“We found that not all HIV-infected individuals have similar types of neutrophils,” said Elahi. “As the HIV disease progresses, neutrophils become more activated and more potent, and in turn activate the body’s T cells, which likely causes some of the problems associated with HIV infection such as inflammation and rapid aging.”
When the neutrophils get stressed they release the protein galectin-9. This protein can interact with different immune cells once it starts to saturate the blood. The team discovered, for example, that galectin-9 strongly reacted with T-cells. That made them more susceptible to HIV infection, which led to a rushing effect and then inflammation and a hyper-immune response. Elahi’s previous work showed that patients with HIV and some forms of cancer had elevated galectin-9 blood levels. The new study identified the protein’s major source.
The study showed that neutrophils have an “alarm” reaction when shedding proteins such as galectin-9. It is linked to oxidative stress, when the body cannot naturally remove certain oxygen-containing molecules that become harmful to cells. It’s thought that this is a factor in the development of Parkinson’s disease, Alzheimer’s disease, cancer, heart failure and autism.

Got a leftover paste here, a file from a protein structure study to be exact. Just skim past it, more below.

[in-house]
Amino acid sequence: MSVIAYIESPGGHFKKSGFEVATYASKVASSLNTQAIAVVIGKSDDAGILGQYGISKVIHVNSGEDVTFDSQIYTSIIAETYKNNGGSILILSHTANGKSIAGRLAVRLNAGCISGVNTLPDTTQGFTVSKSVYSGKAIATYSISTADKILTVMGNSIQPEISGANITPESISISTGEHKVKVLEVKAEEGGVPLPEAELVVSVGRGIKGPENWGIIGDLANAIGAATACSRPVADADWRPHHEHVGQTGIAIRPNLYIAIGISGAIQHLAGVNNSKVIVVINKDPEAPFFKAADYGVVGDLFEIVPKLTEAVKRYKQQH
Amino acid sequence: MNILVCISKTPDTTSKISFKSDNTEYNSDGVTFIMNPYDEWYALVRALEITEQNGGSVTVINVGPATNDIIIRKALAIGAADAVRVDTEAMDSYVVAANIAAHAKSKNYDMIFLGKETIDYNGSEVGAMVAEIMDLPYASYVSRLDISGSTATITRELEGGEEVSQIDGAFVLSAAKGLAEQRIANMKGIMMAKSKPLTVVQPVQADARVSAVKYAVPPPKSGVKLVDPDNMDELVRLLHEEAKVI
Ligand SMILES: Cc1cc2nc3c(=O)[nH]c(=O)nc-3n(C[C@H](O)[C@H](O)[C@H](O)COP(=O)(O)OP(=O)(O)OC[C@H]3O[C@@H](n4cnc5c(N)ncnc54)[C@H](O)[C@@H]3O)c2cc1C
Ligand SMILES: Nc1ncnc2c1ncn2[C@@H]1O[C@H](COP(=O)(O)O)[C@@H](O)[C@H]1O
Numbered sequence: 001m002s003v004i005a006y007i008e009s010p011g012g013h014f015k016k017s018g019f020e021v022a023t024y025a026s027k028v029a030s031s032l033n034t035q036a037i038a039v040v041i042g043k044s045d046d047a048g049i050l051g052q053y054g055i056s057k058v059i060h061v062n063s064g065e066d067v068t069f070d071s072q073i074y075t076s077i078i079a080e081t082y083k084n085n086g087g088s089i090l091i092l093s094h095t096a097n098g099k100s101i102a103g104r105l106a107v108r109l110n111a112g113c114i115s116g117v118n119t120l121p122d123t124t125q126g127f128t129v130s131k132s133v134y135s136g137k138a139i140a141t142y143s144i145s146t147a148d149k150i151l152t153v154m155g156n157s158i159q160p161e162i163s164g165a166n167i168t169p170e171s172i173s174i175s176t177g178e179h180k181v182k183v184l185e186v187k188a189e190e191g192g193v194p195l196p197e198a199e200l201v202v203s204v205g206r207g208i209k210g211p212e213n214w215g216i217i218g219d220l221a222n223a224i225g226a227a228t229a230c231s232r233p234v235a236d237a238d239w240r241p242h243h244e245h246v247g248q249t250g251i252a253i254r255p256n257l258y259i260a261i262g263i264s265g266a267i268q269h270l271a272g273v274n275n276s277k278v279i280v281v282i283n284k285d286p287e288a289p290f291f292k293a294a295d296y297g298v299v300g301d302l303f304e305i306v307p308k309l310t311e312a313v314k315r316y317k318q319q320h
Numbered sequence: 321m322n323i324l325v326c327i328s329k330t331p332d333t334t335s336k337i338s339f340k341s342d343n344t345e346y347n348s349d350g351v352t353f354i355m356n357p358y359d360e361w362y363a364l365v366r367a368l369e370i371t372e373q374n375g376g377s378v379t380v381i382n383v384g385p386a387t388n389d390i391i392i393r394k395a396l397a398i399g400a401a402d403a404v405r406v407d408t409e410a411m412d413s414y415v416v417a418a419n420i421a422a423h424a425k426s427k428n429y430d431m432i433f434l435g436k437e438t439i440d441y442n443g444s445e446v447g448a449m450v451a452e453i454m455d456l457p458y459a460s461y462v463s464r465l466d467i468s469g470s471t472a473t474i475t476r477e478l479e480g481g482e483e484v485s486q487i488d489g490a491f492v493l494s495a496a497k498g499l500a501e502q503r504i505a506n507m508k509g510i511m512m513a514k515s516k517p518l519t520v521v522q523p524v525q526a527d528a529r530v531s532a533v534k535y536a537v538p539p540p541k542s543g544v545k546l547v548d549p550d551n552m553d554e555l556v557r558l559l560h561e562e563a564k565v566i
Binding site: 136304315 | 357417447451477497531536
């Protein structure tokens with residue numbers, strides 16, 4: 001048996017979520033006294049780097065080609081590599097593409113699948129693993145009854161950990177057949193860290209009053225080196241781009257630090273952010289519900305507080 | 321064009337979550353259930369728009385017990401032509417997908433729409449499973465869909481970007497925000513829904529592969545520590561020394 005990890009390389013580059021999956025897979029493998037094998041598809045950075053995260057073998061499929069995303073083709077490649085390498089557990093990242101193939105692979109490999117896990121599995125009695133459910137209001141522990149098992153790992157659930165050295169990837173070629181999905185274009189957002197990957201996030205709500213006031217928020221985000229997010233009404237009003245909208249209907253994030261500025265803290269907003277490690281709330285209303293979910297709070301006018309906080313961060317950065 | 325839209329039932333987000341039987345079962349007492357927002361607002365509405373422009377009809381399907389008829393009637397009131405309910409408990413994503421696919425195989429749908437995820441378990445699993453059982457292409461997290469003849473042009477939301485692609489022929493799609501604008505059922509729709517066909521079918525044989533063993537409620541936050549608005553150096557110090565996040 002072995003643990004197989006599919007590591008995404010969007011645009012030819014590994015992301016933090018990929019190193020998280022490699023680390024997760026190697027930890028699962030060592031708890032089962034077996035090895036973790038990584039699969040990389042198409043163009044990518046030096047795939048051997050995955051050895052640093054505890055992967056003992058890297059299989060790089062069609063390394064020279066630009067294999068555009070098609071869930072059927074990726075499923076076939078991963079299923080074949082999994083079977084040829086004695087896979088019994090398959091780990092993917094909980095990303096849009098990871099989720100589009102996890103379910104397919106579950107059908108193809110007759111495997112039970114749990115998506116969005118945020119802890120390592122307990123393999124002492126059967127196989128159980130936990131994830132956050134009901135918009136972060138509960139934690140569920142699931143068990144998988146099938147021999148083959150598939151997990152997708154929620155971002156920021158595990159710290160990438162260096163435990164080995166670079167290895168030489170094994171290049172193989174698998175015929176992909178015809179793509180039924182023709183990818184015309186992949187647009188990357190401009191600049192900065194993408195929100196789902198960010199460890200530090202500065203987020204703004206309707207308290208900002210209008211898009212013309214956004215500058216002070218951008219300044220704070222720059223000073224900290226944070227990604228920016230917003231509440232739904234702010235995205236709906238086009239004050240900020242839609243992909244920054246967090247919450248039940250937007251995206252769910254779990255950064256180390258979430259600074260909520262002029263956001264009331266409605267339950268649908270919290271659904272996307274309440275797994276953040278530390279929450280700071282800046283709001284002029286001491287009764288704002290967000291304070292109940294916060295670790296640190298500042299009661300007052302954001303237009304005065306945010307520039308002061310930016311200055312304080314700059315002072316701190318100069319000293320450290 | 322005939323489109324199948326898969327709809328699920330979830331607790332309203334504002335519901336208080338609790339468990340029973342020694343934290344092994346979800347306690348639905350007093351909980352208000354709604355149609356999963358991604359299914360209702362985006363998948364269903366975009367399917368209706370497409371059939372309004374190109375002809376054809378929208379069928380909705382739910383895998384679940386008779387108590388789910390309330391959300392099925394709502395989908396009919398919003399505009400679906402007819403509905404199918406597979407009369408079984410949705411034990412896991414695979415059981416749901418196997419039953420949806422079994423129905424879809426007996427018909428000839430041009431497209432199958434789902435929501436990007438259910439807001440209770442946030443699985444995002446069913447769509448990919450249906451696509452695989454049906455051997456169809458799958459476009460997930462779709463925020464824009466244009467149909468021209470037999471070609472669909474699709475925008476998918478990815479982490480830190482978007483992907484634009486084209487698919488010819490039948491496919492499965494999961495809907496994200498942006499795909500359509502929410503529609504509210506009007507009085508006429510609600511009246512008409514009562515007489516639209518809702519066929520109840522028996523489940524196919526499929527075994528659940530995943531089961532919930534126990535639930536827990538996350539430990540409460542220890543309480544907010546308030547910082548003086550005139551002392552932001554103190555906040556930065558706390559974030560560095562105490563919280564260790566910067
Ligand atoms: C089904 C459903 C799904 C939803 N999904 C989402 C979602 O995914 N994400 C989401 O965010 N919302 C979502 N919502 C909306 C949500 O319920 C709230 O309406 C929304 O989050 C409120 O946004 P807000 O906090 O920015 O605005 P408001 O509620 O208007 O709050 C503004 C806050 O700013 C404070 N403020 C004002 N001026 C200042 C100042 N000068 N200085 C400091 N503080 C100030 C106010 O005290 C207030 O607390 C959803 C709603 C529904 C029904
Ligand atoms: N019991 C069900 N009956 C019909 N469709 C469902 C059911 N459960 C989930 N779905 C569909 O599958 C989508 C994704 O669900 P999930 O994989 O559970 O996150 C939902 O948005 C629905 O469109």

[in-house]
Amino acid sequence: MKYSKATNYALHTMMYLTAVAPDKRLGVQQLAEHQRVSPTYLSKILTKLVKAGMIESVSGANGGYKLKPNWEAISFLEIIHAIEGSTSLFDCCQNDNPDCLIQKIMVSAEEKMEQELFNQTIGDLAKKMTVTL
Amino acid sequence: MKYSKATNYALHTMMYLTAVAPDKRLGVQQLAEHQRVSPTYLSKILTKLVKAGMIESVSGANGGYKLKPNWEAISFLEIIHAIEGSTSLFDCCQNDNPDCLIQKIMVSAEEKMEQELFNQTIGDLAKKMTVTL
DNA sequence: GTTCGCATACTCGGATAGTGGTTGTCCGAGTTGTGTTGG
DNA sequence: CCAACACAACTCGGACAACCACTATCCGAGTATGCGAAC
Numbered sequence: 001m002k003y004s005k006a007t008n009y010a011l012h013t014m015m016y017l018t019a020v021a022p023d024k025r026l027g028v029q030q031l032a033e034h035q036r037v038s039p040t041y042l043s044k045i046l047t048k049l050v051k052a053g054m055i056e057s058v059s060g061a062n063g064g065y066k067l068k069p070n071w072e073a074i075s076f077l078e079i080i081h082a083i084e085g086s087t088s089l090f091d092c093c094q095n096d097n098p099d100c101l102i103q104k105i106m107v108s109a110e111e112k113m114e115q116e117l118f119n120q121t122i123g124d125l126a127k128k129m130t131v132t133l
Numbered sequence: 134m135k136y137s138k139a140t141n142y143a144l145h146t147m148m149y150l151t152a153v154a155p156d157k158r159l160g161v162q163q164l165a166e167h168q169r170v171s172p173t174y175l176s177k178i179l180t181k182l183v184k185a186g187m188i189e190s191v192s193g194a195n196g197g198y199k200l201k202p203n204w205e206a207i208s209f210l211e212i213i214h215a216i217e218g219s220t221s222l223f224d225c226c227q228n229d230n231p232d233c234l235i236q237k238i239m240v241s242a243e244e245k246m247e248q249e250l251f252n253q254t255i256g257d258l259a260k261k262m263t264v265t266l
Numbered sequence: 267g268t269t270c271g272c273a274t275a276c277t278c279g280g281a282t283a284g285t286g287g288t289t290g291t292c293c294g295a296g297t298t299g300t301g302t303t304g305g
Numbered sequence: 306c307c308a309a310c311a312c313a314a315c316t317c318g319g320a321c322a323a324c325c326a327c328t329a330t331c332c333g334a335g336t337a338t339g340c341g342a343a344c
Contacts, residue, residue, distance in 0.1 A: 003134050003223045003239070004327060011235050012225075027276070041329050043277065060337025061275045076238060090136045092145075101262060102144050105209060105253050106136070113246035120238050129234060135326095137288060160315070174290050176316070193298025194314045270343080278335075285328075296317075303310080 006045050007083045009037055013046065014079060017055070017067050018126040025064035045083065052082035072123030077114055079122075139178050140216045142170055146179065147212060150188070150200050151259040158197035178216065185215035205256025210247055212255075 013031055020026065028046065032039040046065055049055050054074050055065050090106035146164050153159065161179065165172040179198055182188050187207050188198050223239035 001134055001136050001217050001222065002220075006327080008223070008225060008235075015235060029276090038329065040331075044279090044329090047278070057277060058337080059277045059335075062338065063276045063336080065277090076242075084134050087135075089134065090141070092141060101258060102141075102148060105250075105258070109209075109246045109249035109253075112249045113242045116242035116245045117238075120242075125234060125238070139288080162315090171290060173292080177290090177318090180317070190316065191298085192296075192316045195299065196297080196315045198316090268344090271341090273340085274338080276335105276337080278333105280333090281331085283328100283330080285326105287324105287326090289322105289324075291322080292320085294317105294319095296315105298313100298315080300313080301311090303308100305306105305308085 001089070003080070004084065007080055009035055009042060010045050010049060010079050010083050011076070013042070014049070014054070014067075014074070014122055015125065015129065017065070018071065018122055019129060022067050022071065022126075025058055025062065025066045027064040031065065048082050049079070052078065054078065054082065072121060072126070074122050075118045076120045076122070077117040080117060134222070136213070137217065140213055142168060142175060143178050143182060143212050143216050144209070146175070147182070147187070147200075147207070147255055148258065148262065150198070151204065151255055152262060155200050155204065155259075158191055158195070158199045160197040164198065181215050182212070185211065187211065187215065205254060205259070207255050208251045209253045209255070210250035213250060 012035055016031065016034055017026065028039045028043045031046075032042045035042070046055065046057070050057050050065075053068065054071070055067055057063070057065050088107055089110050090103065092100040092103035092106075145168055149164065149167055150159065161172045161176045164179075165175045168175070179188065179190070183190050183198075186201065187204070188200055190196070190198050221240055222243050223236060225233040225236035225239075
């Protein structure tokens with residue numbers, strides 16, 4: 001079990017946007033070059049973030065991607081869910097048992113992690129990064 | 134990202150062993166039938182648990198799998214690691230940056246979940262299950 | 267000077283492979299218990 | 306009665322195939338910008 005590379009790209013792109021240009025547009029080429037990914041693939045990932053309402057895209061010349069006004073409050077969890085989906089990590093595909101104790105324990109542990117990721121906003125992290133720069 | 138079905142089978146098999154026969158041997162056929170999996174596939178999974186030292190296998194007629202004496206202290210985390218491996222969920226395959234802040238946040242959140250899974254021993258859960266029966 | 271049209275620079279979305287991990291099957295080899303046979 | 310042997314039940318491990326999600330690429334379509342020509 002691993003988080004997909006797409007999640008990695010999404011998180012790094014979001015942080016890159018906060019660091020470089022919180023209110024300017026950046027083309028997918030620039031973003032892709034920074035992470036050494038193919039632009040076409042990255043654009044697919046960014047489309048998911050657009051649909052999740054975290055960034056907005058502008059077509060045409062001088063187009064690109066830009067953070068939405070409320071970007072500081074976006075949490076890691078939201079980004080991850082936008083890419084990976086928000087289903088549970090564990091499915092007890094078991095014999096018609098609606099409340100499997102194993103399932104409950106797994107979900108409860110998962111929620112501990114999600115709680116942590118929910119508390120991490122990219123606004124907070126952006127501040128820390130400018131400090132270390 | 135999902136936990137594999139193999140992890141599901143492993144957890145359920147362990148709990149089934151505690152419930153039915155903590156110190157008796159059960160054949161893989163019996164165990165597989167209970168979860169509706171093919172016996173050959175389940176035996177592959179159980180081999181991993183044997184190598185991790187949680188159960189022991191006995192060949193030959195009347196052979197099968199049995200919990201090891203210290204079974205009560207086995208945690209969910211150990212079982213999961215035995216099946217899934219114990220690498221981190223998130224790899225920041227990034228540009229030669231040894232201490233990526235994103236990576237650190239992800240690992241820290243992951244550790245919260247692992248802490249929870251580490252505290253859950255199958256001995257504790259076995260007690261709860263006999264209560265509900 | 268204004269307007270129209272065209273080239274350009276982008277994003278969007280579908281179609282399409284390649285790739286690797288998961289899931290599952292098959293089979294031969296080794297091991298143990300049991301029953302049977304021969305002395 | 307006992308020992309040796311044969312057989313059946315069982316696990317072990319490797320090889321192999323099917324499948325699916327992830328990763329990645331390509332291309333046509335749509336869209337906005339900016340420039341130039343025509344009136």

The findings show that preventing galectin-9 shedding could be a powerful tool in reducing many of the negative effects of HIV infection.
“We have been looking at phloretin and vitamin C in the lab and our data are very promising,” Elahi said of the antioxidant compound and vitamin. “We know that both are good at reducing galectin-9 shedding, so we believe they can prevent the hyper-activation of neutrophils. We hope that our results will spark renewed investigation into the role of neutrophils in T cell activation in other acute and chronic conditions.”
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